Do You Want to Know When Your Phone Numbers Are Being Abused?

If I was going to pick a question that would divide fraud managers down the middle, it would be the one in the headline. To be more precise, the full question would be:

Phone numbers belonging to ranges assigned to your business are being spoofed by criminals so they can exploit victims of other communications providers. Do you want to know which of your numbers are being abused like this?

My guess is that half of all fraud managers would simply not care. They will argue that the fraud is being suffered by somebody else’s business, and by somebody else’s customer. As they are not paid to tackle this crime, it is no concern of theirs. They are content to allow the criminal to exploit their phone numbers, reasoning that it is somebody else’s problem, and they are not paid to fix other people’s problems.

The other half would care. They will argue that the abuse of their numbers is a risk to their business too. They do not want genuine inbound calls to be blocked, as that would hurt their customers. Equally importantly, they do not want to lose inbound revenue because calls that should have reached their customers are being routed somewhere else. They want collective action so crooks that deliberately mis-route traffic are put out of business.

The RAG Wangiri Blockchain is making a new offer aimed at the latter group of fraud managers. We have a lot of data about wangiri fraud, which effectively means we have a lot of data about the use of spoofed phone numbers for crime… and also data on crimes where the A-number was not spoofed. Now we have created an automated notification module which will warn you when number ranges belonging to your business are used to defraud customers of other telcos.

To gain access to this functionality you just have to do what 80 other telcos have already done: sign up to become a user of the RAG Wangiri Blockchain and regularly upload data on the wangiri frauds that your business has identified. There is no fee; all we ask is that you provide data that benefits other telcos and their customers in the same way that they have already supplied intelligence of use to you.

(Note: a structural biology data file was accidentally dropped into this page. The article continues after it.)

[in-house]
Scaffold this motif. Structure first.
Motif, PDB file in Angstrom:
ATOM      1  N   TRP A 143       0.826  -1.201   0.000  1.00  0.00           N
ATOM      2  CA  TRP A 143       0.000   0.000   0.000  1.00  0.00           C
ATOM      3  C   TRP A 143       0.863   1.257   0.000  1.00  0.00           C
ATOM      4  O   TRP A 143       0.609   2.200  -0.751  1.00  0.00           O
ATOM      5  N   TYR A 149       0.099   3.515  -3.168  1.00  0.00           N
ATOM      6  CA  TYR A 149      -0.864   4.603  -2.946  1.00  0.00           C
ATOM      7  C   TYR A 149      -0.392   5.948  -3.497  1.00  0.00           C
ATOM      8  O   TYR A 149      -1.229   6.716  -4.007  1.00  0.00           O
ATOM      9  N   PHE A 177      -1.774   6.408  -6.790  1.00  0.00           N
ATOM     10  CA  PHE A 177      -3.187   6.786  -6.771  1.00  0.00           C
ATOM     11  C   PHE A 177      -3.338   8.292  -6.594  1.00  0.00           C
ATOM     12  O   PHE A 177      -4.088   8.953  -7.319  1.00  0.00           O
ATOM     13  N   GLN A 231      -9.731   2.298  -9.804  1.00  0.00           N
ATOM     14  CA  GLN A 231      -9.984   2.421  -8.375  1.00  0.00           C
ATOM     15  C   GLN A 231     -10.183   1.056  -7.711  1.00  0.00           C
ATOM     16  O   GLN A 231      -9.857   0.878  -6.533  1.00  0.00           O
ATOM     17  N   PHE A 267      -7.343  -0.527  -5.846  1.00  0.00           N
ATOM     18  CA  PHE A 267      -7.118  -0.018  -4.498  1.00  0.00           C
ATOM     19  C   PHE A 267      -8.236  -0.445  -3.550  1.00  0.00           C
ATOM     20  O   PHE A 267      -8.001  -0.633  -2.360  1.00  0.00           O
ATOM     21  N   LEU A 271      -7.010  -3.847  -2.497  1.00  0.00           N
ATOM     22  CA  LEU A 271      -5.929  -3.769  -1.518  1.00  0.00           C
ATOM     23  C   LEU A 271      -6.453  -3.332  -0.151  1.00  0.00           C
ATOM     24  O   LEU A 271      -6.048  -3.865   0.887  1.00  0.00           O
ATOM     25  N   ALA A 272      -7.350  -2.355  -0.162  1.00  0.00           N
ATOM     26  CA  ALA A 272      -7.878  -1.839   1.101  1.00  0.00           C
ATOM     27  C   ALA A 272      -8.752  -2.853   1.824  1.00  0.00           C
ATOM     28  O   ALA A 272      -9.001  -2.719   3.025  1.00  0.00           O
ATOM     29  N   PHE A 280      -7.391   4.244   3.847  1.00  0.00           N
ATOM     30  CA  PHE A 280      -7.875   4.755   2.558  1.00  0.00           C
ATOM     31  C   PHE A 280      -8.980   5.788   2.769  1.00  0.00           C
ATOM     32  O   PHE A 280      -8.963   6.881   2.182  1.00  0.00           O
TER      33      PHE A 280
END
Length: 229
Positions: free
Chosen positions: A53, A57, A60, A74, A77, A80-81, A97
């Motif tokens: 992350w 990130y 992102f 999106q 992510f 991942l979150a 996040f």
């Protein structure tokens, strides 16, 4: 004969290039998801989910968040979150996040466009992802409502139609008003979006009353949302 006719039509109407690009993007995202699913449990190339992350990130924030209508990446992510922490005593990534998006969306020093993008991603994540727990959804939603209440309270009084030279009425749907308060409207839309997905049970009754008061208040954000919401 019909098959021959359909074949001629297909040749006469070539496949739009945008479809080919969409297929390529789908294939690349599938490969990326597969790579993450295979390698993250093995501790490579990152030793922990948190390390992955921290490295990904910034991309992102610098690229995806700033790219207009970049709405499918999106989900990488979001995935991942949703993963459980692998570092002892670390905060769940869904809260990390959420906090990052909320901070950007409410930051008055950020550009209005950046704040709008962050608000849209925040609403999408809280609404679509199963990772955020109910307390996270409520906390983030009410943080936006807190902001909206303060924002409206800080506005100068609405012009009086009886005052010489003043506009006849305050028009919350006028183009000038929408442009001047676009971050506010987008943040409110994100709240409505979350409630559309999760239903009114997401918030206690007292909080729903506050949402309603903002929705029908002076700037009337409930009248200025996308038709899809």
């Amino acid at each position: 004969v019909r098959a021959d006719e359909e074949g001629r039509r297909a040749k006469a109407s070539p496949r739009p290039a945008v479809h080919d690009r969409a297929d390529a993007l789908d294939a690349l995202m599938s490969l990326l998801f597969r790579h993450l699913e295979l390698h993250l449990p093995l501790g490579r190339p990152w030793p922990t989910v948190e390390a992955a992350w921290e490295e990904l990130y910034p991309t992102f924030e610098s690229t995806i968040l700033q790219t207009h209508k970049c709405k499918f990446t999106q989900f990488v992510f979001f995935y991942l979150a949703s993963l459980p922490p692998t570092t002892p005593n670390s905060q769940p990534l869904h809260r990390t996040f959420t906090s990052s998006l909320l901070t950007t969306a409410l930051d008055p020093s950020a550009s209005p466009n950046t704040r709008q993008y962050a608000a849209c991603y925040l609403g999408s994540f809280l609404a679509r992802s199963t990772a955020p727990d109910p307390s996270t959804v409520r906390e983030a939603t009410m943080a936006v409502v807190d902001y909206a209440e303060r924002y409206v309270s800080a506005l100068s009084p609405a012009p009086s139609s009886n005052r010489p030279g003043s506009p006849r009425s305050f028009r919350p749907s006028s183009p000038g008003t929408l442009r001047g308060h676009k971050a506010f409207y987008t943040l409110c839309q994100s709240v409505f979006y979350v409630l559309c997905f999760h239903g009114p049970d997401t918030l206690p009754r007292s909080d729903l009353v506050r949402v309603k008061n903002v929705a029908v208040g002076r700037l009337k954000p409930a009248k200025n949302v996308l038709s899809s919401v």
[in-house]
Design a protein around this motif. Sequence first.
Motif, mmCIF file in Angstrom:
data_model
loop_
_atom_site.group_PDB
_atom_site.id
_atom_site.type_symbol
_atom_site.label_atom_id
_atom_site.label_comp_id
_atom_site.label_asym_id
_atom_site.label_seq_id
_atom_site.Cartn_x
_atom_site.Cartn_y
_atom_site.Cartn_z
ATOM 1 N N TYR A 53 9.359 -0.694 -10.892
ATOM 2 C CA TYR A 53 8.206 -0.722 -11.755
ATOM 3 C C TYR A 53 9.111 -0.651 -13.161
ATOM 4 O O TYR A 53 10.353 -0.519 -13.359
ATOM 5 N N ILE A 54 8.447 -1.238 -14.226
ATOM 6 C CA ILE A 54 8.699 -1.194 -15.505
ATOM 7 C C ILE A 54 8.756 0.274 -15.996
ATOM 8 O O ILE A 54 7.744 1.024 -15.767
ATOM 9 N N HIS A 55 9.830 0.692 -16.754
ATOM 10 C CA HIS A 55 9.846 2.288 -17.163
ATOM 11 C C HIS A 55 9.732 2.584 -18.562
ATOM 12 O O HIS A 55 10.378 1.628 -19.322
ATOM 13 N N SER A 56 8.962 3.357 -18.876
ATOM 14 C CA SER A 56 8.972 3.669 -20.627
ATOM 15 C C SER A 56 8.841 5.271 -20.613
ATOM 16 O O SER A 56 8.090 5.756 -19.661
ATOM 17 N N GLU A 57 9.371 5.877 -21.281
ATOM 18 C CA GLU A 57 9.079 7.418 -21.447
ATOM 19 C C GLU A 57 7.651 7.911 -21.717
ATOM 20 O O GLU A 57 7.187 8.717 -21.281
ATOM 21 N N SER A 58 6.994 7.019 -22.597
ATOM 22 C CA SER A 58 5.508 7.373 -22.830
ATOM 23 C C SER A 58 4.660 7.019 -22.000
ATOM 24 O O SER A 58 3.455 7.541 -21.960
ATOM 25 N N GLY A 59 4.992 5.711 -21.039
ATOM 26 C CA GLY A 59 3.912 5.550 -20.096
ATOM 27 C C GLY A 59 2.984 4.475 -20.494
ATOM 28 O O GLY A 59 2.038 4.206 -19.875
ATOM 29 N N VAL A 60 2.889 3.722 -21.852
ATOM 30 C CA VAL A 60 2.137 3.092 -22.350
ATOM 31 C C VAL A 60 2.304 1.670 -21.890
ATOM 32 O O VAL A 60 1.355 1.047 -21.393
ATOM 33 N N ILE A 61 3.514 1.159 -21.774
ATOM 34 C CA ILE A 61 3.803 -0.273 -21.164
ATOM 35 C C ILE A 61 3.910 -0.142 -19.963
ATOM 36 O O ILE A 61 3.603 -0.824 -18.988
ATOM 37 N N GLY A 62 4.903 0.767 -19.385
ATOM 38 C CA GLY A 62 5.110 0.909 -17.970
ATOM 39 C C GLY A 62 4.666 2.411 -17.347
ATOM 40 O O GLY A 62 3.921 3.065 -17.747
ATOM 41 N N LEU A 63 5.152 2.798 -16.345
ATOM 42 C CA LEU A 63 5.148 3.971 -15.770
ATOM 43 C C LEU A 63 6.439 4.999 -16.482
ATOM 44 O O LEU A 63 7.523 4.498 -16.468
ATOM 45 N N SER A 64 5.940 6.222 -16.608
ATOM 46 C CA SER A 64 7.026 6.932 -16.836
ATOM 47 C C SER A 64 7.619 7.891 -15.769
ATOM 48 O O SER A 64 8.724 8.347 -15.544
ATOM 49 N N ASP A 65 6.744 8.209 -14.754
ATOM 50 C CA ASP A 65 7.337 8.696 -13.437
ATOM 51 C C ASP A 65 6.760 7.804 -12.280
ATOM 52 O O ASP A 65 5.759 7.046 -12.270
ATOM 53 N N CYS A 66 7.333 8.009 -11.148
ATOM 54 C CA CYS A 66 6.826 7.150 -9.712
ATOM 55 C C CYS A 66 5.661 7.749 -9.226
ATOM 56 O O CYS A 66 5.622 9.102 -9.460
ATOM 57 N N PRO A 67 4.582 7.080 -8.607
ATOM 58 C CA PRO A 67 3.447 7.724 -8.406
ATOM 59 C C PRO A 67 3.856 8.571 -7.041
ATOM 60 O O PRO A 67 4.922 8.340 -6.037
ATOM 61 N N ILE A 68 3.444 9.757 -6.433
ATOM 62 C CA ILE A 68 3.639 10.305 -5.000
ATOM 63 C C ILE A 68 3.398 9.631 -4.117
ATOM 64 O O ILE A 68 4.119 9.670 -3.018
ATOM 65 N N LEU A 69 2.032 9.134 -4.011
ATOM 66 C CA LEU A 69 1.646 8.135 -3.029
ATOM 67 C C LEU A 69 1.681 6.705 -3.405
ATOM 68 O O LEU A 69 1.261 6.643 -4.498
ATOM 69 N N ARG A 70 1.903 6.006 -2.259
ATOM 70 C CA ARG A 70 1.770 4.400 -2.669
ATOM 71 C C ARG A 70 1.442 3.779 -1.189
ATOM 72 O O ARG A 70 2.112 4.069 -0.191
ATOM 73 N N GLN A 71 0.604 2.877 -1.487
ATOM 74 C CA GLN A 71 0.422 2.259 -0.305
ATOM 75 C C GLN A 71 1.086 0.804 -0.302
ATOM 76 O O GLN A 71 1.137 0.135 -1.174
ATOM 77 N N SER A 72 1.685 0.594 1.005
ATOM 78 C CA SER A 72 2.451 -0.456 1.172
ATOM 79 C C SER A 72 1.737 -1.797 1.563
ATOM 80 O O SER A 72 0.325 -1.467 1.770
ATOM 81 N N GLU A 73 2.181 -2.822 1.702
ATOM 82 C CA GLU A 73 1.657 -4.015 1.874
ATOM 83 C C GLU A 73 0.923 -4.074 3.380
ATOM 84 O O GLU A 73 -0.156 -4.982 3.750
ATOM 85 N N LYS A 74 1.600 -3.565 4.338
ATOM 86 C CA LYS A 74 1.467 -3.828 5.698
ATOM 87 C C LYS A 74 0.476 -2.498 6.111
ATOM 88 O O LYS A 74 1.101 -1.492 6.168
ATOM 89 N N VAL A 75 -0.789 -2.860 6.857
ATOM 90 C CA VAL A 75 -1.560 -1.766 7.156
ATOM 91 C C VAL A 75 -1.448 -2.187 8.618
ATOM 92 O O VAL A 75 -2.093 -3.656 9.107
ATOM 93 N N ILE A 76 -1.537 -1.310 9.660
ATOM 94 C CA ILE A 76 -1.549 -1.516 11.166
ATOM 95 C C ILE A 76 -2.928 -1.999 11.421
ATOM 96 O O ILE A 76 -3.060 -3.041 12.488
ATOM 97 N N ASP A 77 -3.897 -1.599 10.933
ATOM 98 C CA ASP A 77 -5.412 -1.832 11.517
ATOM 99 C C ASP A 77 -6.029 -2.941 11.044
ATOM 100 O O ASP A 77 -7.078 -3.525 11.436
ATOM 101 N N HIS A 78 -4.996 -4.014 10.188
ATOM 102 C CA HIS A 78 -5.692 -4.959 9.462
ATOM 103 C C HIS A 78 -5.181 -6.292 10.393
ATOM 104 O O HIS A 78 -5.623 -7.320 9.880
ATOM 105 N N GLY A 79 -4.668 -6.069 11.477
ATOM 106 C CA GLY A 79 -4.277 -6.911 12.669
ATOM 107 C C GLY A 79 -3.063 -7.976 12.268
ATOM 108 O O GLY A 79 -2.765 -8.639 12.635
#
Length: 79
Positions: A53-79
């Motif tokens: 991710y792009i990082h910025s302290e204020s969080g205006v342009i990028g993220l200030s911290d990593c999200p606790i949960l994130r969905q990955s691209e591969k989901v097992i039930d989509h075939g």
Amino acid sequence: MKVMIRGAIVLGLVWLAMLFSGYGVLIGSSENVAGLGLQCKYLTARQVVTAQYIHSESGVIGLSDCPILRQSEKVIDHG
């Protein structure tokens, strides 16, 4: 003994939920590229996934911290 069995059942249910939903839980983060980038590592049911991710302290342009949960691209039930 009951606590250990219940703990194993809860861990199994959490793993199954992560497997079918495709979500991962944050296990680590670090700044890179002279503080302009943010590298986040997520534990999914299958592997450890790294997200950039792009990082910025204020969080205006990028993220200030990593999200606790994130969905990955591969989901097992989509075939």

RAG’s share-and-share-alike model is simple and has proven popular with all sorts of telcos around the world. We may never engage the 50 percent of fraud managers who prefer to work in isolation, but much can be gained by pooling the intelligence of all the other fraud managers who choose to help each other. If you want to know when your number ranges are being abused then create a user account and apply for access at the web portal for the RAG Wangiri Blockchain, or you can read more and ask questions about the RAG Wangiri Blockchain here.

Eric Priezkalns
Eric Priezkalns
Eric is the Editor of Commsrisk. Look here for more about the history of Commsrisk and the role played by Eric.

Eric is also the Chief Executive of the Risk & Assurance Group (RAG), a global association of professionals working in risk management and business assurance for communications providers.

Previously Eric was Director of Risk Management for Qatar Telecom and he has worked with Cable & Wireless, T‑Mobile, Sky, Worldcom and other telcos. He was lead author of Revenue Assurance: Expert Opinions for Communications Providers, published by CRC Press. He is a qualified chartered accountant, with degrees in information systems, and in mathematics and philosophy.